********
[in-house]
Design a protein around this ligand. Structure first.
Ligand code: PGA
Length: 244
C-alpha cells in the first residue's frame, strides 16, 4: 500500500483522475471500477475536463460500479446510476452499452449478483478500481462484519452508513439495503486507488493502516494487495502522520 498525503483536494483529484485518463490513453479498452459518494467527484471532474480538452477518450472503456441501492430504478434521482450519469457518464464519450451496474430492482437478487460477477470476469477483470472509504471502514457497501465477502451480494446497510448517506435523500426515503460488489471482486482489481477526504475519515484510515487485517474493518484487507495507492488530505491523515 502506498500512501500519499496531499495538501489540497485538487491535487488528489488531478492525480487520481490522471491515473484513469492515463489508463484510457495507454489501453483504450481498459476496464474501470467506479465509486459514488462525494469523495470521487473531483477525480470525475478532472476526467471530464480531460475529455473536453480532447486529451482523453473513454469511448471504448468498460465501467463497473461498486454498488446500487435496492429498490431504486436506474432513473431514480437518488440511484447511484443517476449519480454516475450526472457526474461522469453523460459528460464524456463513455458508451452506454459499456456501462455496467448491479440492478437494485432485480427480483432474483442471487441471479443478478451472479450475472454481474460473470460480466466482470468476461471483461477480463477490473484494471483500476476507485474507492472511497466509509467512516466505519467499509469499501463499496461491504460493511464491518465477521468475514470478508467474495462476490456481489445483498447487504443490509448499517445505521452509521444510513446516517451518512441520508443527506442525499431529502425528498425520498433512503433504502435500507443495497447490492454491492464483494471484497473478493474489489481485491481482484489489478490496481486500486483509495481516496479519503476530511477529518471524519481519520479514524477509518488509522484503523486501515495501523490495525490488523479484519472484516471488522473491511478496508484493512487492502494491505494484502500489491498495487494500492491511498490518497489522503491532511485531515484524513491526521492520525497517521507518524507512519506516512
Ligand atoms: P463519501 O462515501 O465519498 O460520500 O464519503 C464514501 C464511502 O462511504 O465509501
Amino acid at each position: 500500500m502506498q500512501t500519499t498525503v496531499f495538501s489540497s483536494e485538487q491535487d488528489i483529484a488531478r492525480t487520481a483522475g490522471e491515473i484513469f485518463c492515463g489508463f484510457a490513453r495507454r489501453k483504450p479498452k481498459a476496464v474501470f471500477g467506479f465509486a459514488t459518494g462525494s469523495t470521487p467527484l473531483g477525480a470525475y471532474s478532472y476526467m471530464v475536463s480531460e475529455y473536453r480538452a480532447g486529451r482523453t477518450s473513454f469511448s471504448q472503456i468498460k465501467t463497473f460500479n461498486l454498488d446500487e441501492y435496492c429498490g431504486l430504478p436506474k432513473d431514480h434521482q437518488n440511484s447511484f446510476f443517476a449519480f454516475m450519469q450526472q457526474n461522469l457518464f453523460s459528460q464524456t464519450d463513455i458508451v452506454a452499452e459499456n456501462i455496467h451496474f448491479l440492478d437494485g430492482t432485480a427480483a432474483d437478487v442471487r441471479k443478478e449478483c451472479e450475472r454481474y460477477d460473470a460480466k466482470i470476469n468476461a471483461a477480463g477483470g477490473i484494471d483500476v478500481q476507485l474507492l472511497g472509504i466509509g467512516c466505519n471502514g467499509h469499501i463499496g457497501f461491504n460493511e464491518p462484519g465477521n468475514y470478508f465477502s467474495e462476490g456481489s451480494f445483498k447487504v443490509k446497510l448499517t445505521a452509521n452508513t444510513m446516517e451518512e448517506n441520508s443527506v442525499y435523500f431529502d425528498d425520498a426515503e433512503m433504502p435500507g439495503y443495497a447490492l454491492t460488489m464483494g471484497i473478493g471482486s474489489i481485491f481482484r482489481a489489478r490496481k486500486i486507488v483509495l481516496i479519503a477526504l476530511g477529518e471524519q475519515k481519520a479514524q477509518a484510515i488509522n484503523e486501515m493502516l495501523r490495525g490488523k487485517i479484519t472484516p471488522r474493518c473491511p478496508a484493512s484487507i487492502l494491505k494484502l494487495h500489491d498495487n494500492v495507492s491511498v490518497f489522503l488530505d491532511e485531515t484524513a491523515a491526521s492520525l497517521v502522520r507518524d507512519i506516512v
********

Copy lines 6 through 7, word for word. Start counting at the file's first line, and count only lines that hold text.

Ligand atoms: P463519501 O462515501 O465519498 O460520500 O464519503 C464514501 C464511502 O462511504 O465509501
Amino acid at each position: 500500500m502506498q500512501t500519499t498525503v496531499f495538501s489540497s483536494e485538487q491535487d488528489i483529484a488531478r492525480t487520481a483522475g490522471e491515473i484513469f485518463c492515463g489508463f484510457a490513453r495507454r489501453k483504450p479498452k481498459a476496464v474501470f471500477g467506479f465509486a459514488t459518494g462525494s469523495t470521487p467527484l473531483g477525480a470525475y471532474s478532472y476526467m471530464v475536463s480531460e475529455y473536453r480538452a480532447g486529451r482523453t477518450s473513454f469511448s471504448q472503456i468498460k465501467t463497473f460500479n461498486l454498488d446500487e441501492y435496492c429498490g431504486l430504478p436506474k432513473d431514480h434521482q437518488n440511484s447511484f446510476f443517476a449519480f454516475m450519469q450526472q457526474n461522469l457518464f453523460s459528460q464524456t464519450d463513455i458508451v452506454a452499452e459499456n456501462i455496467h451496474f448491479l440492478d437494485g430492482t432485480a427480483a432474483d437478487v442471487r441471479k443478478e449478483c451472479e450475472r454481474y460477477d460473470a460480466k466482470i470476469n468476461a471483461a477480463g477483470g477490473i484494471d483500476v478500481q476507485l474507492l472511497g472509504i466509509g467512516c466505519n471502514g467499509h469499501i463499496g457497501f461491504n460493511e464491518p462484519g465477521n468475514y470478508f465477502s467474495e462476490g456481489s451480494f445483498k447487504v443490509k446497510l448499517t445505521a452509521n452508513t444510513m446516517e451518512e448517506n441520508s443527506v442525499y435523500f431529502d425528498d425520498a426515503e433512503m433504502p435500507g439495503y443495497a447490492l454491492t460488489m464483494g471484497i473478493g471482486s474489489i481485491f481482484r482489481a489489478r490496481k486500486i486507488v483509495l481516496i479519503a477526504l476530511g477529518e471524519q475519515k481519520a479514524q477509518a484510515i488509522n484503523e486501515m493502516l495501523r490495525g490488523k487485517i479484519t472484516p471488522r474493518c473491511p478496508a484493512s484487507i487492502l494491505k494484502l494487495h500489491d498495487n494500492v495507492s491511498v490518497f489522503l488530505d491532511e485531515t484524513a491523515a491526521s492520525l497517521v502522520r507518524d507512519i506516512v